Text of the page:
When tested after the accident, the relief valve did not open until pressure reached 148 psi. Steve Long testified that he had calculated the pressure in the storage tank at the time it ruptured to have been 47 psi. He stated that if the relief valve had functioned properly, relieving the pressure at 6 psi, the "system would have worked". Appellants' expert, George Stanton, also testified that, if the valve had opened, the tank would not have burst. Independent's expert, John A. Sevart, testified that the "sole cause of the accident was the failure of the pressure relief valve to adequately relieve at 6 psi."

The safety standards of the Underwriters' Laboratory, Inc. apply to tanks built to hold flammable substances like the one here involved. The standard known as UL 142 requires steel plate thickness of .25 inch; three pieces of construction material; and a nameplate. UL 142 requires the nameplate to include a statement that "This tank requires emergency relief venting. Capacity not less than ___ cubic feet per hour." The tank that ruptured had a thickness of .18 inch; had four pieces of construction material; and lacked a nameplate. Moreover, the tank had defective welds.

Although the tank indisputably failed to meet the standards of UL 142, the record contains some evidence to suggest that these lapses were not causally connected to the accident. Sevart testified that none of these defects, alone or combined, caused the accident. He stated that "Even if those various manufacturing specifications had been satisfied, the rupture still would have occurred by reason of the excessive pressure present within the tank." Moreover, had the tank been affixed with the requisite nameplate, under UL 142 the nameplate would only have warned about the need for emergency relief venting. Had appellants checked, they would have found that the tank, at least apparently, had the capacity for such venting--i.e., the relief valve which ultimately malfunctioned.

The DEA was manufactured by Dow in Louisiana. It was transported to Total by National Bulk Transport, Inc. ("National"). At the time the DEA left the Dow plant, it was heated to 140? F. Dow's Transportation Equipment Data Sheet recommends a loading temperature of 100? F. One of the victims, Ronald Tate, had improperly turned up the heat in the tank that ruptured so that the temperature of the chemical already in the tank was 220? F.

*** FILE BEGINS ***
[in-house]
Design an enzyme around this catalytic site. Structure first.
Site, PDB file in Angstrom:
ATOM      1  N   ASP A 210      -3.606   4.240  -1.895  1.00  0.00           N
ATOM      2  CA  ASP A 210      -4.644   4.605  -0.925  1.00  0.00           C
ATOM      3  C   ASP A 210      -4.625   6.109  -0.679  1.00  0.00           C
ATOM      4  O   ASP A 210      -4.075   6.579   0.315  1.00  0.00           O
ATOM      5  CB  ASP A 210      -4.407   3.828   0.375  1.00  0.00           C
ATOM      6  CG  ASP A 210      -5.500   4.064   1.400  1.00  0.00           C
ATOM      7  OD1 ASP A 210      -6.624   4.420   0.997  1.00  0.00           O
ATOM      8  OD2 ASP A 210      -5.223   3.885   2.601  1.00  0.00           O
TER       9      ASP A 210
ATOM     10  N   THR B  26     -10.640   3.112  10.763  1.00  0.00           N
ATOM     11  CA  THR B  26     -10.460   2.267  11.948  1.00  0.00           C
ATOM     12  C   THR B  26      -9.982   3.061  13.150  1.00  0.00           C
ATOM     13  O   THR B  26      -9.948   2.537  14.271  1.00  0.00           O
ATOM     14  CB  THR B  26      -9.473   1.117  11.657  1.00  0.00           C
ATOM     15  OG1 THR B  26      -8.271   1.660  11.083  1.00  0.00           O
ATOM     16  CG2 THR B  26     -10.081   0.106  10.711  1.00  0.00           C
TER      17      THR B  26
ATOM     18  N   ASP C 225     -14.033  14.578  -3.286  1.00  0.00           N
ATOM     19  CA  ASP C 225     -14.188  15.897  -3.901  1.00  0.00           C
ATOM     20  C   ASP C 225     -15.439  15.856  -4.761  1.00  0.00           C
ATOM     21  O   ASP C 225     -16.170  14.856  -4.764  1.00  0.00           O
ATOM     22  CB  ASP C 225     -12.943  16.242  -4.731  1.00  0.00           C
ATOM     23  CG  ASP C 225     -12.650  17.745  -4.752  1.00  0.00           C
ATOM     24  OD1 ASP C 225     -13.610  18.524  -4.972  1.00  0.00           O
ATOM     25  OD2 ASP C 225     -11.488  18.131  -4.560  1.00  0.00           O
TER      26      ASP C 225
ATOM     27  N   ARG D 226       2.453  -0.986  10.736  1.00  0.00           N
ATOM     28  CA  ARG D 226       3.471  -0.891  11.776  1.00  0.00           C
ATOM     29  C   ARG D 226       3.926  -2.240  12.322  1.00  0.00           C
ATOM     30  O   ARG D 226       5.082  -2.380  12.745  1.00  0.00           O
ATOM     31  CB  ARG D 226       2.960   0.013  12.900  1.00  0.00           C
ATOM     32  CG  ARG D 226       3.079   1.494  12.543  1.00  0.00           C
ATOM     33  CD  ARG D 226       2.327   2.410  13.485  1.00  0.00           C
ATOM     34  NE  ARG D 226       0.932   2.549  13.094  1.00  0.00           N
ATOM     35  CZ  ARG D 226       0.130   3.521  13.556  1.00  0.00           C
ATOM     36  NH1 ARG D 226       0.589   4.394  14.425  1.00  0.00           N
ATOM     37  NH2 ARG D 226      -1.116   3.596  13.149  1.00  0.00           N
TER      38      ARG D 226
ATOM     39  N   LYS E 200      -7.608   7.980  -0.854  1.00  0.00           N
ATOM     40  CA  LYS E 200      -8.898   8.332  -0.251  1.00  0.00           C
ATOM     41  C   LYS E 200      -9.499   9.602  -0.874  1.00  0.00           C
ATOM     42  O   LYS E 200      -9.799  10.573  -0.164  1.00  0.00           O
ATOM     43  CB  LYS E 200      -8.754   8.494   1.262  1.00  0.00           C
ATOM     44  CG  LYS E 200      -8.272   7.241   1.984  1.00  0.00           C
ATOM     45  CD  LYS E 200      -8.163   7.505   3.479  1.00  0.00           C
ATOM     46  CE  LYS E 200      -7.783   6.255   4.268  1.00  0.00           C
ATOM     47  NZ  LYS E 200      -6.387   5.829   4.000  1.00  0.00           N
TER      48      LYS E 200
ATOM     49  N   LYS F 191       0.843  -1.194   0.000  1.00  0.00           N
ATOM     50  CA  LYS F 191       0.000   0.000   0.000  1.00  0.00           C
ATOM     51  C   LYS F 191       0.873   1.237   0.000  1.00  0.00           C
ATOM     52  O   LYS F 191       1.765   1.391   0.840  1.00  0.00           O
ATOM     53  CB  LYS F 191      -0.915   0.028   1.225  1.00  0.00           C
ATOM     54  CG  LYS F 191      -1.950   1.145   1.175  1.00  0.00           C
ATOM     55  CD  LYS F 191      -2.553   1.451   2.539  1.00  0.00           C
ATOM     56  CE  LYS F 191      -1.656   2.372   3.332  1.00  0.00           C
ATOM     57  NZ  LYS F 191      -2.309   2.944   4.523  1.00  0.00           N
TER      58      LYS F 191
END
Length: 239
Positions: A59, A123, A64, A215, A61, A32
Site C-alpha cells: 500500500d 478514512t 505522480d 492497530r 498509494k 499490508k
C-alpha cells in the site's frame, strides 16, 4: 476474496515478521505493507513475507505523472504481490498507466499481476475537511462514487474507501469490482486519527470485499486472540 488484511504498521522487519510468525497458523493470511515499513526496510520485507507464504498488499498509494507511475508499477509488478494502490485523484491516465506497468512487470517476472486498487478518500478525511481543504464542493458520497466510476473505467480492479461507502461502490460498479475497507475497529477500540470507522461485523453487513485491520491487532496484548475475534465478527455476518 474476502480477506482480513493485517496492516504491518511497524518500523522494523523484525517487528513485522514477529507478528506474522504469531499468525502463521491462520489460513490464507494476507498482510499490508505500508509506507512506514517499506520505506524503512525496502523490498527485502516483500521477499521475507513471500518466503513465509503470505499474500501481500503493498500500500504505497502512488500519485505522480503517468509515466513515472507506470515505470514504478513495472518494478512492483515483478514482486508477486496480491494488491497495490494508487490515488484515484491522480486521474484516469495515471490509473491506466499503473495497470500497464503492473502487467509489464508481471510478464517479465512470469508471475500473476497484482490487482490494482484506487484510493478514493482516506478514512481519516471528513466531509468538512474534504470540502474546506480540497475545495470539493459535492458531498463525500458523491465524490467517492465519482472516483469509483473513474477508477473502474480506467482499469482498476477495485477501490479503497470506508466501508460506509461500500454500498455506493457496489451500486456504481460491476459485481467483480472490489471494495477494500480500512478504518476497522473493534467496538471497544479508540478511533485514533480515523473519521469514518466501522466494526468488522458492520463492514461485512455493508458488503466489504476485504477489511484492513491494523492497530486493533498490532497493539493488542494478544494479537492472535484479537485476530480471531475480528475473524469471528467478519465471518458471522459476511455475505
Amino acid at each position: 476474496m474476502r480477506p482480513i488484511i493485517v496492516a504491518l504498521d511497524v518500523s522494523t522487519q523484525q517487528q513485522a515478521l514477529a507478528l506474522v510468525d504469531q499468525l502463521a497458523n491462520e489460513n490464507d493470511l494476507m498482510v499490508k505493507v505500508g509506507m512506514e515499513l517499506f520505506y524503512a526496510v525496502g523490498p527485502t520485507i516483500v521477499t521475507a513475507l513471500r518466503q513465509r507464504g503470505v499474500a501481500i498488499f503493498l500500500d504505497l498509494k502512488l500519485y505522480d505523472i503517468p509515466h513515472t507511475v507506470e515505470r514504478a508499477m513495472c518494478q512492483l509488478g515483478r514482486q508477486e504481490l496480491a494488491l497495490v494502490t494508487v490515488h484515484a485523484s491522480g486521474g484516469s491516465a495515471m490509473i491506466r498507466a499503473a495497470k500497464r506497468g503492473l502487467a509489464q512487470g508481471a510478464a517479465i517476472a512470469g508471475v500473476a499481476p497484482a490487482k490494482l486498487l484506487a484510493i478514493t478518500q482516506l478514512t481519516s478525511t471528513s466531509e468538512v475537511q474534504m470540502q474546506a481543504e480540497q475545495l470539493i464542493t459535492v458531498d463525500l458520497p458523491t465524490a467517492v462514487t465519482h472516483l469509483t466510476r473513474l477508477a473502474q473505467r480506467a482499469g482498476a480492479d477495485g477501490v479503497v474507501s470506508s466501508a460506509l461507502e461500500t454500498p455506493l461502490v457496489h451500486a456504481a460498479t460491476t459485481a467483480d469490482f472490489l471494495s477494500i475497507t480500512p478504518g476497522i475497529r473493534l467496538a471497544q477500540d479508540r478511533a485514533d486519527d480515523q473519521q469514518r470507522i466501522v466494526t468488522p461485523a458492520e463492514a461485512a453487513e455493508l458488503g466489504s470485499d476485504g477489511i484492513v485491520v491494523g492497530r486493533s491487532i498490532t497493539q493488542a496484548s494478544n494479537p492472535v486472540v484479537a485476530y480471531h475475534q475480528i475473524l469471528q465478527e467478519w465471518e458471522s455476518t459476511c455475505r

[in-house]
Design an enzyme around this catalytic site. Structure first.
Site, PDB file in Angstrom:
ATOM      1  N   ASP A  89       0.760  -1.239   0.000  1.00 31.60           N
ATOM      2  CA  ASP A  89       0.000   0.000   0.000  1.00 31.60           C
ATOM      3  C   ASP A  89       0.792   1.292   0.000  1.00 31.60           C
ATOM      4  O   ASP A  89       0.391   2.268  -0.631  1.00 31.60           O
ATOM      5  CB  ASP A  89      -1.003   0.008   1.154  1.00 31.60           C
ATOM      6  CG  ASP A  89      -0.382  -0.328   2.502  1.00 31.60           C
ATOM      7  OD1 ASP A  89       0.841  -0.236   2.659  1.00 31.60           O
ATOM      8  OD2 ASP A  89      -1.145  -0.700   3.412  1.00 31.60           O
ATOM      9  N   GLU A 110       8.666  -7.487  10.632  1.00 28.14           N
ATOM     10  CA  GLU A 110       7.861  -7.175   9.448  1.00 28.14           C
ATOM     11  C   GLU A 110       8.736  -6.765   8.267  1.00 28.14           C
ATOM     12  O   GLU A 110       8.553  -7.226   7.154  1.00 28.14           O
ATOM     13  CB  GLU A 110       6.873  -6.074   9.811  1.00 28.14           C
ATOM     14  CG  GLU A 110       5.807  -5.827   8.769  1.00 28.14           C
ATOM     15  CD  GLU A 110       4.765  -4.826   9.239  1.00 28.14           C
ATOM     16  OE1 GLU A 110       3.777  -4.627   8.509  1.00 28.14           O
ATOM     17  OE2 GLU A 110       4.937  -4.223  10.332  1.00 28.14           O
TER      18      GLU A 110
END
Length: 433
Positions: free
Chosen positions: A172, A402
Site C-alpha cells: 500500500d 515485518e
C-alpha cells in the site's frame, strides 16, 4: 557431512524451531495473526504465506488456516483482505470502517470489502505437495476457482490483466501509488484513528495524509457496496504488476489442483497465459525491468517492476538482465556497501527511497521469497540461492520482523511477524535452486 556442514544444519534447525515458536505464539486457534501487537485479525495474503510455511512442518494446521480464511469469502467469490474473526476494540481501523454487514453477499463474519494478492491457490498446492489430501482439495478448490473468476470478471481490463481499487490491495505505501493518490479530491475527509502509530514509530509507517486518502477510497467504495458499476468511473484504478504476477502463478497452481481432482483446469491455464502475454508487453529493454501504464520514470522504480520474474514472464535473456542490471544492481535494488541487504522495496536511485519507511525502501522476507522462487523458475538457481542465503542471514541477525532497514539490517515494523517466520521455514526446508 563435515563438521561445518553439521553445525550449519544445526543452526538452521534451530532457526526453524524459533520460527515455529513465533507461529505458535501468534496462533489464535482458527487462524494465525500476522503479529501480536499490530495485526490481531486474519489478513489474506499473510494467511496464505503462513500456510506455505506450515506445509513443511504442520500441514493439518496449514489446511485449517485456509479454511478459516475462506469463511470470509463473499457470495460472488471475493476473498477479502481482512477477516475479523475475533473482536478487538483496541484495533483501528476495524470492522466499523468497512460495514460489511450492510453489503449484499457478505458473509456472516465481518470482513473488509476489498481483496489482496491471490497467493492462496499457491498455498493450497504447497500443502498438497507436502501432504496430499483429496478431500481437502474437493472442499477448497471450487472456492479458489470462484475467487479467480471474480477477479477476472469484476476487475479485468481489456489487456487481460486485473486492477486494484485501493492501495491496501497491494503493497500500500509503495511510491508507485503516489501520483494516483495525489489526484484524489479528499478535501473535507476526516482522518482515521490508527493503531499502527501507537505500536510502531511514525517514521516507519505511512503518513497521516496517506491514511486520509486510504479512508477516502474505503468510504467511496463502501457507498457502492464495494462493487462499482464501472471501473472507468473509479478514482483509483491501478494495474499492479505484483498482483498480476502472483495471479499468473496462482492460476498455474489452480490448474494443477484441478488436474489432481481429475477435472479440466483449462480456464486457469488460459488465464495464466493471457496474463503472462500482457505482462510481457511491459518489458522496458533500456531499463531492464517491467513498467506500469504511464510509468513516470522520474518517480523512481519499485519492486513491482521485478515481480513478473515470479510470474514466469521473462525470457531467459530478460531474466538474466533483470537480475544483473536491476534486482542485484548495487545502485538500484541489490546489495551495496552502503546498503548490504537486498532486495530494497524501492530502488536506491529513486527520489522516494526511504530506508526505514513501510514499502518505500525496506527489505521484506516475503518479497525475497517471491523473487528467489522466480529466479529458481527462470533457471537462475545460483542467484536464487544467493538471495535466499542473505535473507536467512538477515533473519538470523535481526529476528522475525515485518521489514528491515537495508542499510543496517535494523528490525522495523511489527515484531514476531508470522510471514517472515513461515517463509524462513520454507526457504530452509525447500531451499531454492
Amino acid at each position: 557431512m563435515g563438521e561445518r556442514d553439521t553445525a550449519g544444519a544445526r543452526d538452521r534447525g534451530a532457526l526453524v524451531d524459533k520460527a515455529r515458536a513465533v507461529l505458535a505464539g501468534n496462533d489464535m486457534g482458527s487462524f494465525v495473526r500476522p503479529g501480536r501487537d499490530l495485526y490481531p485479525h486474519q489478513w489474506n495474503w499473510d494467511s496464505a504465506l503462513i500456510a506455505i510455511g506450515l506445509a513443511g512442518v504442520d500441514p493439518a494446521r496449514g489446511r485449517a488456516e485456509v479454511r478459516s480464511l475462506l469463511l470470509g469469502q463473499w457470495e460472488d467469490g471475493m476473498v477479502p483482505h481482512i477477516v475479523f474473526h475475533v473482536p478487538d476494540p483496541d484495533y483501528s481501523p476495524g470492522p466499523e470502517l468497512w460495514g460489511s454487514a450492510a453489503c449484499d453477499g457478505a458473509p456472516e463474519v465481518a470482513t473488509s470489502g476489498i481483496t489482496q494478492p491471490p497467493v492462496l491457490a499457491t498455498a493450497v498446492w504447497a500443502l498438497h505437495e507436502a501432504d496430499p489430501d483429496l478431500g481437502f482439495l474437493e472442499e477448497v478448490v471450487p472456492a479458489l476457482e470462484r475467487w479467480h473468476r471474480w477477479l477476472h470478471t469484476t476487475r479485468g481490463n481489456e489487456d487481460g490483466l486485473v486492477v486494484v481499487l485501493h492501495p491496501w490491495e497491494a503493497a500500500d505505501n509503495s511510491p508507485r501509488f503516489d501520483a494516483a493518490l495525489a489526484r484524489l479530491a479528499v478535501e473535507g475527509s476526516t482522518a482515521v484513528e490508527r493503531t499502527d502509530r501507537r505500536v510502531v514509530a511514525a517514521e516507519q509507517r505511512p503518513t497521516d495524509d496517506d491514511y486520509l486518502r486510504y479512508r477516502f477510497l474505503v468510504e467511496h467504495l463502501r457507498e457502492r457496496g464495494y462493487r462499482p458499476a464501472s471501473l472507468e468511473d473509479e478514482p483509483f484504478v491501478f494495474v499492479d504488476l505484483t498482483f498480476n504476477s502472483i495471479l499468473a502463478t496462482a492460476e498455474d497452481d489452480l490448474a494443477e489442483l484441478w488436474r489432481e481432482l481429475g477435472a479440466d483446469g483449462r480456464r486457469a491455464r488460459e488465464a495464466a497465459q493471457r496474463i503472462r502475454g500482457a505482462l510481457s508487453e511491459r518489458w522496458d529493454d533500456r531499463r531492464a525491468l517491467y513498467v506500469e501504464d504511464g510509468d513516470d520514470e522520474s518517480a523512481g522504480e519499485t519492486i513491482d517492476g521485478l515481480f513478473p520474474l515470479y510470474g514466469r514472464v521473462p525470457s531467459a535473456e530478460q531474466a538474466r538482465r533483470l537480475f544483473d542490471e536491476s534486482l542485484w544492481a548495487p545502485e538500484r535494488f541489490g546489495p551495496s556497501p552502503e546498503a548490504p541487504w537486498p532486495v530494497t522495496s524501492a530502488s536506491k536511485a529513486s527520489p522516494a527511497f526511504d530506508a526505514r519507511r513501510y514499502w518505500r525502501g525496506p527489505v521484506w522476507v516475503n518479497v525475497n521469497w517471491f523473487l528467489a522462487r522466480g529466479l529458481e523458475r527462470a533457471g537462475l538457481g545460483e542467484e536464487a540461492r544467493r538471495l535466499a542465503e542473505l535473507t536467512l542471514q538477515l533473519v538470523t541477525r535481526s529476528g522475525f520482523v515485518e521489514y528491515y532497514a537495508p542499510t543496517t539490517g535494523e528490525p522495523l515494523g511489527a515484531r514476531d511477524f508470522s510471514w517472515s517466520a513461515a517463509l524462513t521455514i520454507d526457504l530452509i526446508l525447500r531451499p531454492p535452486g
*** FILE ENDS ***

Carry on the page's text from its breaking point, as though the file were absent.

National's truck driver, Don Pendergrass, gave a Total employee the papers accompanying the DEA shipment, including (1) the DEA product label, (2) a material safety data sheet ("safety sheet"), and (3) an emergency response information sheet ("emergency sheet"). The product label stated that DEA "CAUSES SKIN IRRITATION"; warned to "Avoid Contact with Skin and Clothing"; and counseled, "In cases of contact, immediately flush eyes with plenty of water for at least 15 minutes. Call a physician. Flush skin with water. Wash clothing before reuse." The safety sheet warned against repeated prolonged exposure to the skin and, depending on the extent and severity of likely exposure, recommended wearing protective clothing and impervious gloves, boots and aprons. The emergency sheet labeled DEA as "IRRITATING". It listed as a hazard to skin: "UP TO MODERATE IRRITATION, EVEN A BURN ON REPEATED CONTACT." It recommended as first aid for the skin: "IMMEDIATELY FLUSH WITH PLENTY OF WATER FOR AT LEAST 15 MINUTES WHILE REMOVING CONTAMINATED CLOTHING. CONSULT MEDICAL PERSONNEL."

Dow had attached a duplicate emergency sheet and DEA product label to the outlet valve of the truck used to transport the DEA. Total had a copy of the safety sheet on file. Its employees knew that protective clothing should be worn when loading the chemical.

Tate was wearing gloves and safety glasses, but not impervious boots or an apron. He stated that he would have worn no additional clothing regardless of the temperature of the DEA in the storage tank. Tate knew the temperature of the DEA in the storage tank; he recorded in a log book that it had a temperature of 220? F. The DEA that spewed onto the three victims came from the storage tank. It was a mixture of the DEA already in the tank and the new DEA from the truck. The temperature of the DEA was measured from drums outside the truck one hour after the explosion. It had a temperature of 132? F. The heat loss due to the transfer to the drums was estimated at 1-2? F.

DEA is not listed as a hazardous substance under Department of Transportation ("DOT") Regulations. 49 C.F.R. Sec. 172.101 (1987). The record before us does not indicate a definition of "hazardous". Under DOT regulations, however, a chemical is considered "corrosive" when it "causes visible destruction or irreversible alterations in human skin tissue at the site of contact...." 49 C.F.R. Sec. 173.240 (1987).

DEA is an alkaline chemical. The National Safety Council Data Sheet # 523 states, "Both thermal burns and chemical burns destroy body tissue. But a chemical will continue to cause damage until reaction with body tissue is complete or until the chemical is washed away with water. Strong alkalies will penetrate tissue deeply...." According to Tate's treating...